HC Deb 15 May 1972 vol 837 cc9-10
4. Mr. Luce

asked the Secretary of State for Foreign and Commonwealth Affairs what discussions he is having with the United States Government about the Arab-Israeli dispute, prior to President Nixon's visit to Moscow.

Mr. Godber

The Arab-Israeli dispute was one of the questions which my right hon. Friend discussed with Mr. Rogers when he was here last week. The details of those discussions must of course remain confidential.

Mr. Luce

Despite their obvious preoccupation with Vietnam and other issues in Moscow, will my right hon. Friend urge President Nixon to raise this matter in Moscow in view of the heavy responsibilities of both America and Russia to exercise restraint in the Middle East? Does he accept that the most likely areas for progress are where there is the least contention? Will he therefore press President Nixon to raise particularly the question of the Suez Canal and Sinai in his discussions?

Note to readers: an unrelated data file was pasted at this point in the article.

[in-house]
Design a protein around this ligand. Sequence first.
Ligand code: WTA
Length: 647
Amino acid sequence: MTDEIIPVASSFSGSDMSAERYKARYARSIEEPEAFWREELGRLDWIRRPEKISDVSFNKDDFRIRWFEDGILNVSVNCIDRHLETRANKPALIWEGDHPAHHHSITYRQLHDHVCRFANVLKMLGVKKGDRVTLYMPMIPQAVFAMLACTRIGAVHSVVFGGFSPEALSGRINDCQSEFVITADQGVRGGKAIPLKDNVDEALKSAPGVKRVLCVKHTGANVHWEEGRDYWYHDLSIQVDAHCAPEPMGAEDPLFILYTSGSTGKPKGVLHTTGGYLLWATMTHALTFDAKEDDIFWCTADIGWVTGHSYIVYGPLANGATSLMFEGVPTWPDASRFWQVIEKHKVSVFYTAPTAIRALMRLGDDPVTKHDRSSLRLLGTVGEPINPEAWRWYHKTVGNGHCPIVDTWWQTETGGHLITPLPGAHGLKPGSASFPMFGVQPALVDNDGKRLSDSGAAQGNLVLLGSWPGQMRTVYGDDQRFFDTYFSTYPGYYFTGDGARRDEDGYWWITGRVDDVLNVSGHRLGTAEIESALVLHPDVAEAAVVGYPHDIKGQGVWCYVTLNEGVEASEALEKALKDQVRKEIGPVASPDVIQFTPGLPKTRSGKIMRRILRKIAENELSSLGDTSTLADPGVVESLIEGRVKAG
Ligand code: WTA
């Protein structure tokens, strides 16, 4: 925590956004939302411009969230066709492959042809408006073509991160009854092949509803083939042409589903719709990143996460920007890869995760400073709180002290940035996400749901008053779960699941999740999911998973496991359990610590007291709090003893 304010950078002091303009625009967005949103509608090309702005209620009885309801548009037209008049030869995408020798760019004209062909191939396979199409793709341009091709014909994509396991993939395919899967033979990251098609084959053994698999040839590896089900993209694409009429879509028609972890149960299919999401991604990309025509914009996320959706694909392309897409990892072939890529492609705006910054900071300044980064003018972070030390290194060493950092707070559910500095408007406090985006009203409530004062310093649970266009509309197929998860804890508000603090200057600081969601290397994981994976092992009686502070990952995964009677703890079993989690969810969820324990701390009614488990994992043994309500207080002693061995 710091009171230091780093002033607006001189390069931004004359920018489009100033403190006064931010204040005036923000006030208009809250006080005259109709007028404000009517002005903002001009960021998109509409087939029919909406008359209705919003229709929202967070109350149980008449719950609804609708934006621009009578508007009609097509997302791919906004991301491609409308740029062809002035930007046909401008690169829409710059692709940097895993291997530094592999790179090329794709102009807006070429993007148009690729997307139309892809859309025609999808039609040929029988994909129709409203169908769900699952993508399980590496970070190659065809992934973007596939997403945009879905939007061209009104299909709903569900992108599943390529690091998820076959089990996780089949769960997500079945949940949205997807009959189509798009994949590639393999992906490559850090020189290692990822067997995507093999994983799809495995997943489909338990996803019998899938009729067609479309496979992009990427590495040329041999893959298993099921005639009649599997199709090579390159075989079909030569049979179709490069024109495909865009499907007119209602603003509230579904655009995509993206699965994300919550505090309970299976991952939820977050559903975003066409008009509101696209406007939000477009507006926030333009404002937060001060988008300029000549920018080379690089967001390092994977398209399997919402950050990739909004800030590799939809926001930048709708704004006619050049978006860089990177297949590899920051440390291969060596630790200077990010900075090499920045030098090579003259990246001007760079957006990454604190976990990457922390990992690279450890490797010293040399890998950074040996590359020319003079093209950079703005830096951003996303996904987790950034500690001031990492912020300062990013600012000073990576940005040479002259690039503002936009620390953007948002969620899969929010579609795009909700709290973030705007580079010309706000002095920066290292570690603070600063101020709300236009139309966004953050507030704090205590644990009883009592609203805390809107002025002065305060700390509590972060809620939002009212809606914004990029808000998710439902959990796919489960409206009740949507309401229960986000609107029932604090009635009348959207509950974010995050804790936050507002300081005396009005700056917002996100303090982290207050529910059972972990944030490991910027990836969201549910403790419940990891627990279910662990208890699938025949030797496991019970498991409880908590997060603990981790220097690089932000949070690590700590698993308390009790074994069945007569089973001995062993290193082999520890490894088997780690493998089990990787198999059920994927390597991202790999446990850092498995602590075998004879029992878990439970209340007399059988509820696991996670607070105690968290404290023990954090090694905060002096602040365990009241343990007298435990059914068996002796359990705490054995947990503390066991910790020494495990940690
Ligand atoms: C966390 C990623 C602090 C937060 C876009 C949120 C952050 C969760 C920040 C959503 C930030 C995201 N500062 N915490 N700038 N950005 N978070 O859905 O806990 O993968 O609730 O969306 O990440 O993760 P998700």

Mr. Godber

Yes. I should be surprised if this subject were not touched upon at some stage during the discussions in Moscow. I observe the points which my hon. Friend has raised about this matter. Her Majesty's Government are anxious to make progress in any way possible. If the Americans and the Russians in this forthcoming meeting are able to find some common ground they will find very ready acceptance from Her Majesty's Government and co-operation in trying to find a solution to this most difficult problem.

Mr. Kaufman

Since a major contribution towards the improvement of Arab-Israeli relations would be if the Syrians were to desist from torturing and harassing Jews in Syria, may I ask the right hon. Gentleman to suggest to President Nixon that he should ask the Russians to use their considerable influence with the Syrians in dealing with this matter?

Mr. Godber

We have every sympathy with any attempt to prevent treatment such as that to which the hon. Gentleman refers. There are many problems concerning this matter not only in Syria, but elsewhere. We have made our position abundantly apparent. We deplore any action of the kind described by the hon. Gentleman. Wherever it occurs we would seek to discourage it in any way we possible can. That is abundantly clear from our statements.

Back to